If not, there's two sentences that you might pay attention to.
- The important thing about virality is it is free. So it's an important skill for startups.
It's an important skill for anybody!
I get calls and emails ... "what's the next big idea, Kevin?" Now, I don't have the slightest idea what the next big idea is, but a business like One Kings' Lane that goes from $0 to a couple hundred million dollars in a few years is worth paying attention to, right? Mostly grown by virality, it's certainly something we should pay attention to.
That's when I get the response ... "I need something that scales. You can't bank on virality, it's unpredictable. You can bank on Abacus giving you a million names that will generate $1.5 million in sales, +/- 5%. That's what I'm talking about. What's the next big idea like that?"
In other words, you want someone to assume all of the risk for you, and you will gladly pay them for the right to remove all risk, correct?
Big ideas are headed in the opposite direction, and have been for some time. Judy's generation paid for offline access to information (Abacus). Jennifer's generation paid for online access to information (Google).
Jasmine's generation just won't pay. New customers can be found, for free.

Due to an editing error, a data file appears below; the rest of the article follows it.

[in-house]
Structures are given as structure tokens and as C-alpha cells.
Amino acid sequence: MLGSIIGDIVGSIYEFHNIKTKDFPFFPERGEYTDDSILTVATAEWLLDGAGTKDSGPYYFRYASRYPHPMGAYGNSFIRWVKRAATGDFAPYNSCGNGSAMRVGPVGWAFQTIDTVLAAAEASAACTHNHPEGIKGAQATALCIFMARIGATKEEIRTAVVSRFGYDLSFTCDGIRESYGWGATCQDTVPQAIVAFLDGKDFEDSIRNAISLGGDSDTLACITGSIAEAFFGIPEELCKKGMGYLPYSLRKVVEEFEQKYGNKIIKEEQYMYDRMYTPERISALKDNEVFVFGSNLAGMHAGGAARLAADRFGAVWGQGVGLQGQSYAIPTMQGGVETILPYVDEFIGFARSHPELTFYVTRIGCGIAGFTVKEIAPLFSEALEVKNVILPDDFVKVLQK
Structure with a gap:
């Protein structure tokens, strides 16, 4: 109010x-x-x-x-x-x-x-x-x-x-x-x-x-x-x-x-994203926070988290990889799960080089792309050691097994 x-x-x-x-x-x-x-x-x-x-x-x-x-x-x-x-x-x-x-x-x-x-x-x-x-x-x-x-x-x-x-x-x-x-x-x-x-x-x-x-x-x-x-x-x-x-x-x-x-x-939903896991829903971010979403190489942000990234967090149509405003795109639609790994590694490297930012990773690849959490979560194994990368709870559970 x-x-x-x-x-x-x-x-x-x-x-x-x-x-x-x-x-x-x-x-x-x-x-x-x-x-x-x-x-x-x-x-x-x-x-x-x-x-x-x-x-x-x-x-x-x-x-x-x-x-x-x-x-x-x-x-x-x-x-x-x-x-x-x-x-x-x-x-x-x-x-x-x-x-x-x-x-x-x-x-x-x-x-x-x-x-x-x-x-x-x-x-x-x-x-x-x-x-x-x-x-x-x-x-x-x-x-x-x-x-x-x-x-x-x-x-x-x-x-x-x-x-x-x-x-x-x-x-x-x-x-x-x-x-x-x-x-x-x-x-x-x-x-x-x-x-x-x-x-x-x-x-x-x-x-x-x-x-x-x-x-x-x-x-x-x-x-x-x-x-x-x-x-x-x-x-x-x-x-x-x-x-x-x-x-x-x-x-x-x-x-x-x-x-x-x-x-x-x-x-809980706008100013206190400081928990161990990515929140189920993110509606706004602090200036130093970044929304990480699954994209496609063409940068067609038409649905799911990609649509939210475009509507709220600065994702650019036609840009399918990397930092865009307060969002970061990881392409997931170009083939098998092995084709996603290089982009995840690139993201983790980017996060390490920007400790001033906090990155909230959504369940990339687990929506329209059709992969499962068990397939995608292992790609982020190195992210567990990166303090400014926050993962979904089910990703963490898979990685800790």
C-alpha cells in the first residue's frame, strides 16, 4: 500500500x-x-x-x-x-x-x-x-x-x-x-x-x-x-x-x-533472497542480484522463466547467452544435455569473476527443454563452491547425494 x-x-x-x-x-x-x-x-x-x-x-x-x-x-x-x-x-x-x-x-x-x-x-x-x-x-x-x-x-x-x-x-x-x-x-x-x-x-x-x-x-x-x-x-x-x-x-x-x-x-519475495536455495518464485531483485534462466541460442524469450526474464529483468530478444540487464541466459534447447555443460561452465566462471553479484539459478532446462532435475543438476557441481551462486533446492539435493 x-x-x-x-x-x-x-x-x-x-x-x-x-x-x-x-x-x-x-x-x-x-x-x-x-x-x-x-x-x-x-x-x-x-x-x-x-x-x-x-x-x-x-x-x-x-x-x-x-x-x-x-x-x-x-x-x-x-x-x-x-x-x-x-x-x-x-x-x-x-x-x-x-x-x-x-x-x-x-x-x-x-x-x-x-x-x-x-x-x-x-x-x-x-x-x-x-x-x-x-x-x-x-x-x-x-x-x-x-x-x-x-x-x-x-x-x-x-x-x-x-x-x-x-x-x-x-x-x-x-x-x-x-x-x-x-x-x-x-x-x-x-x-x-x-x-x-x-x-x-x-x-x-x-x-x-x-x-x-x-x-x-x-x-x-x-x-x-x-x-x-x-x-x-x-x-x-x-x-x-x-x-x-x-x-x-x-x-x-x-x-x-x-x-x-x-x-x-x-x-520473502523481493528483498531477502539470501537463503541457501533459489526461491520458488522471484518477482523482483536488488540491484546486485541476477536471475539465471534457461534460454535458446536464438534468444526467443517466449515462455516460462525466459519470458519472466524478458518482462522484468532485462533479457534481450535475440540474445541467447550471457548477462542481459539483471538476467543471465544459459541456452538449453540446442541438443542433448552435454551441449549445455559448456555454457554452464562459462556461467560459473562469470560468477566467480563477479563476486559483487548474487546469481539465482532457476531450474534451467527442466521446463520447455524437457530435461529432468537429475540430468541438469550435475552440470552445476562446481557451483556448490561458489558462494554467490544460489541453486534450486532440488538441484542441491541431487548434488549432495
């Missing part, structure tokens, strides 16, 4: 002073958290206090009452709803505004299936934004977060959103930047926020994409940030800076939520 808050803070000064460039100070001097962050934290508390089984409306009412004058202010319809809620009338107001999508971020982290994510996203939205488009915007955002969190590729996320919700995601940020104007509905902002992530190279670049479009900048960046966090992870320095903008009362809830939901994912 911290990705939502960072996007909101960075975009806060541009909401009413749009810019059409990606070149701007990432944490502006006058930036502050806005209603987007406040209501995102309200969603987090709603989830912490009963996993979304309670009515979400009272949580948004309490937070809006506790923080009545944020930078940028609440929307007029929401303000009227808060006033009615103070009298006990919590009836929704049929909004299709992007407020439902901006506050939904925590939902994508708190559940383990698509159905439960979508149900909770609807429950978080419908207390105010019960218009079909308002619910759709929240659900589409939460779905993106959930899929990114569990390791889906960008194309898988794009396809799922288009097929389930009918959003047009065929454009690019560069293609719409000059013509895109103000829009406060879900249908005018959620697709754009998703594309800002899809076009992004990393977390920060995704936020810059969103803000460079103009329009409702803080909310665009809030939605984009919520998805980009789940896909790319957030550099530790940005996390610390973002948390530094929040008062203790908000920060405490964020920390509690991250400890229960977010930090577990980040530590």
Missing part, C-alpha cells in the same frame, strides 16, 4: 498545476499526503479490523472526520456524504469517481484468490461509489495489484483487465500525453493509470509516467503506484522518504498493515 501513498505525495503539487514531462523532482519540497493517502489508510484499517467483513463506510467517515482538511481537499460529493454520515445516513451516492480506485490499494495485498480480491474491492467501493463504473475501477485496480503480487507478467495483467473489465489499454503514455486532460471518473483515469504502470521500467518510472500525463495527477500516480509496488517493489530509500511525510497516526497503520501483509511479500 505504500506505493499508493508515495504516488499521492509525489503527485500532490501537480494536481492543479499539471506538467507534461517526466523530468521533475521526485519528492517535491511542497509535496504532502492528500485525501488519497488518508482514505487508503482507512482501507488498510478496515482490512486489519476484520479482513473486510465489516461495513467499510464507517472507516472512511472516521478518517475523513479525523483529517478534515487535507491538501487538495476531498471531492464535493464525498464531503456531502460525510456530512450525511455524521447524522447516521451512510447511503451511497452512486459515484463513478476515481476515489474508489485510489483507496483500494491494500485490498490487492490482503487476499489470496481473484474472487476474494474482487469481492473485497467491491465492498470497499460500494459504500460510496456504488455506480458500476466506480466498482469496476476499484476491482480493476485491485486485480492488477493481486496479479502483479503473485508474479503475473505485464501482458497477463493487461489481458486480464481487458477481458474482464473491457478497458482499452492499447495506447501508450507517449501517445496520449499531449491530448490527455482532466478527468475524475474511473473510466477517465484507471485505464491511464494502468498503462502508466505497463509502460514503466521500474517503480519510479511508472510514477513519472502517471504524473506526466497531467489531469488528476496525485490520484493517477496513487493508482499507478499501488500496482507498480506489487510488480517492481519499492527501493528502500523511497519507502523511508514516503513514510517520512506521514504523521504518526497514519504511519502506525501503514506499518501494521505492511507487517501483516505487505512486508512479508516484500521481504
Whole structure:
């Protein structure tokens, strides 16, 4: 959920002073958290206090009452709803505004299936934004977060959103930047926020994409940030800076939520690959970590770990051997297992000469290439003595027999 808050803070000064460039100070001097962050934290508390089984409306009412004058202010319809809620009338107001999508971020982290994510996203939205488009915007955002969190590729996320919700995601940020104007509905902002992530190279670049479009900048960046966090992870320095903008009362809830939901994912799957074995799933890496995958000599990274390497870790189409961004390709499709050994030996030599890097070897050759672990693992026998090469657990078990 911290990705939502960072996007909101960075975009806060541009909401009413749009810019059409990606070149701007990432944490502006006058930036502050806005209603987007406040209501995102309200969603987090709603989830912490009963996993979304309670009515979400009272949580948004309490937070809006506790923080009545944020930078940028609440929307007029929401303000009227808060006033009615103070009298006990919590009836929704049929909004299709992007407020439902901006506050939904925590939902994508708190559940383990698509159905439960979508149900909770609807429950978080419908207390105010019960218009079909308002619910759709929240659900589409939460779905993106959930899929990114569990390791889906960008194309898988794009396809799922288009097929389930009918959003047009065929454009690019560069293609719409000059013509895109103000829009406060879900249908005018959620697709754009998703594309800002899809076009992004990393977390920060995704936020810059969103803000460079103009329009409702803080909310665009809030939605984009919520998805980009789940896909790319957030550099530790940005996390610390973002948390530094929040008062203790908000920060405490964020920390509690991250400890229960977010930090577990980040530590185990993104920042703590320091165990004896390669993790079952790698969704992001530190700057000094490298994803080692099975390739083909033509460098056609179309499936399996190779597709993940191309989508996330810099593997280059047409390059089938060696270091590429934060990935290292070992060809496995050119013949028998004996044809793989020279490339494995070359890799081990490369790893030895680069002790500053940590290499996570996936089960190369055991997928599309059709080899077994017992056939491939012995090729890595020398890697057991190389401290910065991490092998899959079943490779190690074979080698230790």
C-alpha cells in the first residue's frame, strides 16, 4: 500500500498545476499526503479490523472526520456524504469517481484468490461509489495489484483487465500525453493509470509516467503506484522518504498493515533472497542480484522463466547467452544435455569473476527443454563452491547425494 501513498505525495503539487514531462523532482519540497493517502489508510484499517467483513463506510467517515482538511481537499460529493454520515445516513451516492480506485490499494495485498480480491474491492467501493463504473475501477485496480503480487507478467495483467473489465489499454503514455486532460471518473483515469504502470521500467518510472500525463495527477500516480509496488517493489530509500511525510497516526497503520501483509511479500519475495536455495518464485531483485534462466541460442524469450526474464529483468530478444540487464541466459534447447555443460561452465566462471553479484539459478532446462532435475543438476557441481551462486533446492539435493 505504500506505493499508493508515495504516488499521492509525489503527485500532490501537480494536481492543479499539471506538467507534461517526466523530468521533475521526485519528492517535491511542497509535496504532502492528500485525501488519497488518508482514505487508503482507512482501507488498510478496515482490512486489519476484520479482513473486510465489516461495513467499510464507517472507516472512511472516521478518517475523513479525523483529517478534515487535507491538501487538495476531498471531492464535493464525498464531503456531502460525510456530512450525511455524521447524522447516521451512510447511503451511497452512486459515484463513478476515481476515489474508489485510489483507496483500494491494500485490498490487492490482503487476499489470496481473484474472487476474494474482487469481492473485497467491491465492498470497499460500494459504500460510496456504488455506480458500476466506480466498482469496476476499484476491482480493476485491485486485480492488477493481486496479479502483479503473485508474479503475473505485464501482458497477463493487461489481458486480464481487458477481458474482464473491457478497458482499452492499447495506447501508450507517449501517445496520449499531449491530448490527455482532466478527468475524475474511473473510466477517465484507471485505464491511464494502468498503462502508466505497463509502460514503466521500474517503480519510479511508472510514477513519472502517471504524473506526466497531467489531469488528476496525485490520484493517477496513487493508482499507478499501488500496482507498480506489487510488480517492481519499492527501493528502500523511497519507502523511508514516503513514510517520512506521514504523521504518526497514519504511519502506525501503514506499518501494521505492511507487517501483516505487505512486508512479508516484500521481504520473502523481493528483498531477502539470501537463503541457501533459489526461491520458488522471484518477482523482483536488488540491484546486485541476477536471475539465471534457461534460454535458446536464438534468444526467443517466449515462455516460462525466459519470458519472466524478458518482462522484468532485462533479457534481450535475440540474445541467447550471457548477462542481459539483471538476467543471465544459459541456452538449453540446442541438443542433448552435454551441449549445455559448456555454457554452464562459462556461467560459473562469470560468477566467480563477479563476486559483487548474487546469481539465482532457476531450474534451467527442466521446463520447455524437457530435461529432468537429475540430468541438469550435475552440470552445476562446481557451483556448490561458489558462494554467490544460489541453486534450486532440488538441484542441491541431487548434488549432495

Now this is hard, risky work, isn't it? With Abacus, the odds of breakthrough success are nearly zero, but the odds of treading water are great. With word-of-mouth, the odds of breakthrough success are, what, one in ten, or one in a hundred? With word-of-mouth, there is no treading water ... you either succeed wildly, or you're finished ... you'll know, either way, really soon.
In the old days, you'd have a customer acquisition analyst, horse-trading names with competitors. And some geeky mathematician wrote SAS code on a mainframe computer, hoping to avoid a dreaded SB37 error ... analyzing test results when there were enough cycles available to process information. Combined, the individuals earned your business new customers.
Read the blog post above, or the post on Growth Hackers, and you see a world that parallels what was done twenty years ago ... but is fundamentally different. Gone is the teamwork required twenty years ago, replaced by technology, coding skills, rapid A/B testing, and the promise of free, new customers.
There is a gulf between the world that Judy thrives in, and the world that Jasmine thrives in. We probably need a better balance between the two, don't we?
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